Restoring the original Gameboy got me really interested in restoring and repairing more of these old gaming consoles like this Nintendo NES along side with the knives, tools, etc. I might move into other old electronics as well. I haven’t really done much this type of work ever but with every project I learn and get better.
For the disassembly I used a Phillips screwdriver, except for the screws on the top half of the shell. Those had a weird type of screw that could still be opened with a flathead. There was a pit in the middle of the slot, so the screwdriver would be a flathead with a “spike” in the middle. I have not seen those before. No real trick here. Try to remember which screw came where, or film it like me. And don’t loose the screws!
Removing the controllers’ and buttons’ cords from the board was much harder than it looks. I probably spent 2 minutes just wiggling them from side to side until they came loose.
For cleaning up the boards I used a small airbrush compressor which I have. This blew off all the loose dirt and dust. After this I used Isopropylic alcohol to clean up the rest and remove some corrosion. I works really well and doesn’t corrode the parts. After cleaning everything I tested that the console works before putting it back together.
The shell was quite yellowed and had some stains, maybe from stickers. It was also very dirty and more dirt was found from inside. No wonder it had some issues. I sed the same method for “retrobrighting” the shell than I used with the SNES. I only did a little upgrade to the “solarium”. I added a baking sheet that will disperse the light so that the lighting will be more even. I think the optimal method would be to have a clear box inside the solarium and the parts submerged in hydrogen peroxide. With this method I don’t need as much hydrogen peroxide but I need to be watching that the hydrogen peroxide wont dry too much or something because that may cause patchy results.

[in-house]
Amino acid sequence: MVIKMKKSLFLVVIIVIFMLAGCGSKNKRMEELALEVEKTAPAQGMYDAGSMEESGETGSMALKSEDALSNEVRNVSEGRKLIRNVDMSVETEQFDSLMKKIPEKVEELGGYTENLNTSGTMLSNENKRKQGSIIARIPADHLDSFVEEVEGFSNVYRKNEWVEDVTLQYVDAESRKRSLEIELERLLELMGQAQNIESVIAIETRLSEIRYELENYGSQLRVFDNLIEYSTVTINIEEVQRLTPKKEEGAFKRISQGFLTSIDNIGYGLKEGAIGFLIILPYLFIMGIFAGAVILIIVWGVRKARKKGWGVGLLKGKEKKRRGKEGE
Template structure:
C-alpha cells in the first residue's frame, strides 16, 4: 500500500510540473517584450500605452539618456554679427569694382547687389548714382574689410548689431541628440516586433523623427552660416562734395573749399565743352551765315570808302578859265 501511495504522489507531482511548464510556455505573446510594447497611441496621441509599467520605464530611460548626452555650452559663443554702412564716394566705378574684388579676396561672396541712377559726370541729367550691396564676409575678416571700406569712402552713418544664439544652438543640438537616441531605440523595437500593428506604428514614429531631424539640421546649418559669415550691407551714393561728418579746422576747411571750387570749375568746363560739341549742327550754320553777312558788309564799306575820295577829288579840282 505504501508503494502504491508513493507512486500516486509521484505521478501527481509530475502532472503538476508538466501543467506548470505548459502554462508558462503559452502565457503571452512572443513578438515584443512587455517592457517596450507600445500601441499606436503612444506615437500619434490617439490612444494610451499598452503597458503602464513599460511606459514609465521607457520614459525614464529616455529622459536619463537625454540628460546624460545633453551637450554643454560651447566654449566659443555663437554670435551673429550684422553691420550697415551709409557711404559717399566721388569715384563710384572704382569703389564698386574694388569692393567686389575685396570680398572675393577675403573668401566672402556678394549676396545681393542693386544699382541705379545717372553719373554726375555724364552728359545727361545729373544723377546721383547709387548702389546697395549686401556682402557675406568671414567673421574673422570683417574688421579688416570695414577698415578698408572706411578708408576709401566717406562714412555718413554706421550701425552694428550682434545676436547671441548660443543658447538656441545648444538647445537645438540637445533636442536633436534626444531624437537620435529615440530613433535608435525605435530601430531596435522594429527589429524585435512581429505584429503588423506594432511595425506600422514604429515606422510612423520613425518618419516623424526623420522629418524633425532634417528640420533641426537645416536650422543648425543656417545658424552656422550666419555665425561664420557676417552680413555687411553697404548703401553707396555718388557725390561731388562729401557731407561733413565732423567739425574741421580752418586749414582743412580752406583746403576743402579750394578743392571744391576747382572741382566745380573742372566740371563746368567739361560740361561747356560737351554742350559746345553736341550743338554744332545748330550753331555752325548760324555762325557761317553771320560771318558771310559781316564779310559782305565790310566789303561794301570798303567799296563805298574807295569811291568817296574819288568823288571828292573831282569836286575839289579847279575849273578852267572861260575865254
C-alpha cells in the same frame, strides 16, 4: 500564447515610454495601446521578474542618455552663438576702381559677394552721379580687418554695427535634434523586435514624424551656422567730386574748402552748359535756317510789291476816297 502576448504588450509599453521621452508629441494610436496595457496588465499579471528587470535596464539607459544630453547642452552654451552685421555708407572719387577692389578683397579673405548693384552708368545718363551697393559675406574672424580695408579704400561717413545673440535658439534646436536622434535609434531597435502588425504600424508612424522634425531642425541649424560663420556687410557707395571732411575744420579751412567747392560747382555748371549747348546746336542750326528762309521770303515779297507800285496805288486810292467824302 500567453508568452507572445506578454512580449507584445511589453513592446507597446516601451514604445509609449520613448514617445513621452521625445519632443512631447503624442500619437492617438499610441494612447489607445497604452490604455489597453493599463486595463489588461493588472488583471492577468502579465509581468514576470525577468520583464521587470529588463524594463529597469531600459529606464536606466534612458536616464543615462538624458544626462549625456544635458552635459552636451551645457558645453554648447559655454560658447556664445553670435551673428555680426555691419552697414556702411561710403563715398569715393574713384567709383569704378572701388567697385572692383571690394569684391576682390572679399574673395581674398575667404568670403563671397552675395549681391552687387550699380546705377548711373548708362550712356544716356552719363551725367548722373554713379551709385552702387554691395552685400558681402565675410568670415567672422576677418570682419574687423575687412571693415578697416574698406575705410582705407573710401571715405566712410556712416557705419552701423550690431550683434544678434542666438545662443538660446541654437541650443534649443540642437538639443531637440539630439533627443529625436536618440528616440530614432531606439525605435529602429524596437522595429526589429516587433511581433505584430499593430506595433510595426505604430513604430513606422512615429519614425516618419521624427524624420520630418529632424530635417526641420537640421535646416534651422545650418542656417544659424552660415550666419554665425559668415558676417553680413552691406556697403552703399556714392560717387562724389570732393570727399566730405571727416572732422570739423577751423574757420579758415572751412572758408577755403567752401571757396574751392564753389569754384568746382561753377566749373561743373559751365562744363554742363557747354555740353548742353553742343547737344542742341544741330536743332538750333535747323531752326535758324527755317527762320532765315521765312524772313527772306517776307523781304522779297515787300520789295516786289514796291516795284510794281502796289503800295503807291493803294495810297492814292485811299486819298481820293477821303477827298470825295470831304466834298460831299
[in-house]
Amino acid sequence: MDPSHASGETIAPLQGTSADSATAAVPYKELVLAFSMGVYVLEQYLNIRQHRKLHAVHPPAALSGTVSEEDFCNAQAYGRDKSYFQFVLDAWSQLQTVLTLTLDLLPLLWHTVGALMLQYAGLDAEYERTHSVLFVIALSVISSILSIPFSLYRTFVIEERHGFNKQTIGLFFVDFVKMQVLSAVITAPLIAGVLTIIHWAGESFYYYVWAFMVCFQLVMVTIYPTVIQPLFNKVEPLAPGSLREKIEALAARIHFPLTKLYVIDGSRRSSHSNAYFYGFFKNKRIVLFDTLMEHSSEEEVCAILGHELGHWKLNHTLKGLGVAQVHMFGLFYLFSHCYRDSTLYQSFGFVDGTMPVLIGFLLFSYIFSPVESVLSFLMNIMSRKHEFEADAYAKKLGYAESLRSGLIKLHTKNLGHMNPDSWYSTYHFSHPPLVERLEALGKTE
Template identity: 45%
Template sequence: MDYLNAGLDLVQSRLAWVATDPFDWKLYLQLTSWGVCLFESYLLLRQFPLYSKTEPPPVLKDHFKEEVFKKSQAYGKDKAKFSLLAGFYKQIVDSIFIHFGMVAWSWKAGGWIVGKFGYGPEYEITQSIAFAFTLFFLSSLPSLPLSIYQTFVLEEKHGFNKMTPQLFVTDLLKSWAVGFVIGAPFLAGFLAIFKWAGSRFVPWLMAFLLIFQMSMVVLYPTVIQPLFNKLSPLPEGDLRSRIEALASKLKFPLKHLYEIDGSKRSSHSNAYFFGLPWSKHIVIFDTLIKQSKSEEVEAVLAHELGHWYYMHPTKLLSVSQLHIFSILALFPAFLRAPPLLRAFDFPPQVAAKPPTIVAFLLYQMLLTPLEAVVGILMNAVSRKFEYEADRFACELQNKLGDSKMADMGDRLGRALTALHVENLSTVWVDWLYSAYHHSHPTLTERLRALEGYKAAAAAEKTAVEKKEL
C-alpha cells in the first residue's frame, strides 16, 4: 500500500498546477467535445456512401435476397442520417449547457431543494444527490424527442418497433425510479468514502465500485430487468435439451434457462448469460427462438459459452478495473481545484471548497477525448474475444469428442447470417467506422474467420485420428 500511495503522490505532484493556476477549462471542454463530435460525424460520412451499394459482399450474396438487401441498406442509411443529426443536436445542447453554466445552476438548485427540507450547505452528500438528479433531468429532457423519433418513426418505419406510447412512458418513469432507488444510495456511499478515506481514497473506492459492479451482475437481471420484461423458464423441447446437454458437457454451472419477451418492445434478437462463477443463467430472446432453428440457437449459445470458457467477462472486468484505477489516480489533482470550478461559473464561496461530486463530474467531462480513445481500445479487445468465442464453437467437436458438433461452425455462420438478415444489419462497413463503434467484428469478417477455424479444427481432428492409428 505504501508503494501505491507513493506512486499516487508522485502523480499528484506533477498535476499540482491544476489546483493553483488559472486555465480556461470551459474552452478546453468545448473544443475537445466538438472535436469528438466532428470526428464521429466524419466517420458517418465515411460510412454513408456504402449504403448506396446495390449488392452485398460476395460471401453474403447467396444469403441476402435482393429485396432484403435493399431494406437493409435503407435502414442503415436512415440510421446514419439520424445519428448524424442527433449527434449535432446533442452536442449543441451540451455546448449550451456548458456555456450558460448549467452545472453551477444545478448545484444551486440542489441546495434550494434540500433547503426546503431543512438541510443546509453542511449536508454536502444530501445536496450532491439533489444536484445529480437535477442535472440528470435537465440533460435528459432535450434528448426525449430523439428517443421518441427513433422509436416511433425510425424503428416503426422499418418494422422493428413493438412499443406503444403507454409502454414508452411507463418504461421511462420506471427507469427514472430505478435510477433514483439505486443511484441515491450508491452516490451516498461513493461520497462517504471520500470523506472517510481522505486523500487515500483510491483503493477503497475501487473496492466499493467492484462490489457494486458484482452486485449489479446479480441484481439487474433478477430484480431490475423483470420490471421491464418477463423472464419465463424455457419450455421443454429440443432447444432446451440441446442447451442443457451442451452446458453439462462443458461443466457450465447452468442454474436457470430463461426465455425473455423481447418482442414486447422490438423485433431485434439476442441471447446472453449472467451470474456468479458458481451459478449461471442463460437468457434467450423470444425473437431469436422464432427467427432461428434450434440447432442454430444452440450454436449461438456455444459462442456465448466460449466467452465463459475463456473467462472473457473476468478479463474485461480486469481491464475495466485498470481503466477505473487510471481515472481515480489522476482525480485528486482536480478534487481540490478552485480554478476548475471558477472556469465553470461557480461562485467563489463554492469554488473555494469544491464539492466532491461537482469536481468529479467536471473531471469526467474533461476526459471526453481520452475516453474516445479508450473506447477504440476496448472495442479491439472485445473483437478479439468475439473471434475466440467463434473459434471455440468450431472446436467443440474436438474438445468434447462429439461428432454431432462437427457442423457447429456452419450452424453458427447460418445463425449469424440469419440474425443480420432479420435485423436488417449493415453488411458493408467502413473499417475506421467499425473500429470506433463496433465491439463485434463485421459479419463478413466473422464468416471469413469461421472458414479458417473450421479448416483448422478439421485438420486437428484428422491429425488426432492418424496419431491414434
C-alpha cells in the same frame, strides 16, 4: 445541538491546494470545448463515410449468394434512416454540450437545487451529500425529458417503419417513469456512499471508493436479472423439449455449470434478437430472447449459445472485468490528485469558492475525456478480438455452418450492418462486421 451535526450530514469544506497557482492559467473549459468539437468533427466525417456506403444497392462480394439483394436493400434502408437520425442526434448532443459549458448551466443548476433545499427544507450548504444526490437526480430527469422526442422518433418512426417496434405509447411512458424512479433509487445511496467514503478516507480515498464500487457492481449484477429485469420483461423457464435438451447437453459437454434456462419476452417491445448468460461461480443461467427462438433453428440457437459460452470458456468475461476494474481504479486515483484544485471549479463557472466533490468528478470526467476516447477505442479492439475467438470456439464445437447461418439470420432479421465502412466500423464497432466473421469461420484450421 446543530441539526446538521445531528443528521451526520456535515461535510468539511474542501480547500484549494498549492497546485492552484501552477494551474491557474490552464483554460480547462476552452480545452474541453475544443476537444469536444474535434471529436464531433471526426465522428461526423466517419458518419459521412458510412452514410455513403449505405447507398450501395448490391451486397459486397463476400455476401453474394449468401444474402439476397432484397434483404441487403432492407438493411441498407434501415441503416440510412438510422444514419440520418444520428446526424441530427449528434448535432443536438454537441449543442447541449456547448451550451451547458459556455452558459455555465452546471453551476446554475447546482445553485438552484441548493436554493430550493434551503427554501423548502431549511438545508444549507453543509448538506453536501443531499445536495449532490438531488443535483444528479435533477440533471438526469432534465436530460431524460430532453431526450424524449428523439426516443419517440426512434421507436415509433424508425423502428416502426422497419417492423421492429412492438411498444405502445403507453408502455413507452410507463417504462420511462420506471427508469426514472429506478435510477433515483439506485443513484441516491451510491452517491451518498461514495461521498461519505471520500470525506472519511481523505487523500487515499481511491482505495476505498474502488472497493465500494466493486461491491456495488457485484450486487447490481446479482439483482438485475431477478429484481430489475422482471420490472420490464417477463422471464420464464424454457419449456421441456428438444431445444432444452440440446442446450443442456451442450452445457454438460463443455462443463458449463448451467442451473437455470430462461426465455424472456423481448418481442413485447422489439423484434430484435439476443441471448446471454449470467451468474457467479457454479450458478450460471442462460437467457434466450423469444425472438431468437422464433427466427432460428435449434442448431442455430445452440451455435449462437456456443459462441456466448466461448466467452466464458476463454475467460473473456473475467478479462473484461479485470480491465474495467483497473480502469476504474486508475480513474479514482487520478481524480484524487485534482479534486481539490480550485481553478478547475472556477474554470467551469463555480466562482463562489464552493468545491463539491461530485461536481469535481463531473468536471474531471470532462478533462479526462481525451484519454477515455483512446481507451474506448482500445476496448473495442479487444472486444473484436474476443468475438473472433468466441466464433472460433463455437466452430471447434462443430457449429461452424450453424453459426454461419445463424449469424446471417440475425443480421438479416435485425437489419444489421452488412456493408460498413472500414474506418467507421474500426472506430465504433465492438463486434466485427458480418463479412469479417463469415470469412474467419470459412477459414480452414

Basically what was done is that I mixed 12% hydrogenperoxide with gelatin to make it less runny (this doesn’t work extremely well. I’ll do something better after I’ve used this batch up). After this I wrapped the whole thin in cling film to prevent the liquid from evaporating. The items were then put into a box with UV-led strips. I’ve tested that the temperature in the box (read MY box) won’t go much above 50 degrees Celsius with I feel, won’t cause a fire hazard, or melt the plastic.
After this I just cleaned the parts from the liquid and let them dry before assembly. Fun fact: I spent a long time making the timelapse. There is probably +100 cuts in the clip, it’s not just speeded up video 😉
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SOME TOOLS FROM THIS PROJECT:
SCREW DRIVER SET: https://amzn.to/2F3n6kO
HYDROGEN PEROXIDE: https://amzn.to/2K5OmTS
UV LED STRIP: https://amzn.to/2IqLmOA
SOME OF MY OTHER TOOLS:
SANDING PADS: https://amzn.to/2ICDr2i
SCORLL SAW: https://amzn.to/31Eblej
POWER FILE: https://amzn.to/2URHvPq
CHUCK NORRIS’ TOOTHBRUSH: https://amzn.to/2YfXUj2
CORDLESS DRILL: https://amzn.to/2Wois77
BETTER ROTARY TOOL: https://amzn.to/2WF75I6
PRESS FOR ROTARY TOOL: https://amzn.to/2Uiv1Eu
2-AXIS TABLE FOR THE PRESS https://amzn.to/2WPkttl
MY FILMING GEAR:
MAIN CAMERA: https://amzn.to/2JvtKox
MAIN TRIPOD: https://amzn.to/2OlpYgn
VIDEO LIGHTS: https://amzn.to/2FpJDaB
MAIN LENS: https://amzn.to/2Fm8yMk
CINEMATIC LENS: https://amzn.to/2TmNdHH
WIDE ANGLE LENS: https://amzn.to/2U7iJha
THE WATCH: https://amzn.to/2NpDMJJ
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Restoration playlist▶ https://www.youtube.com/playlist?list=PLVIxIjRNxFv5VRUXt66VzBxOys1GpmBp4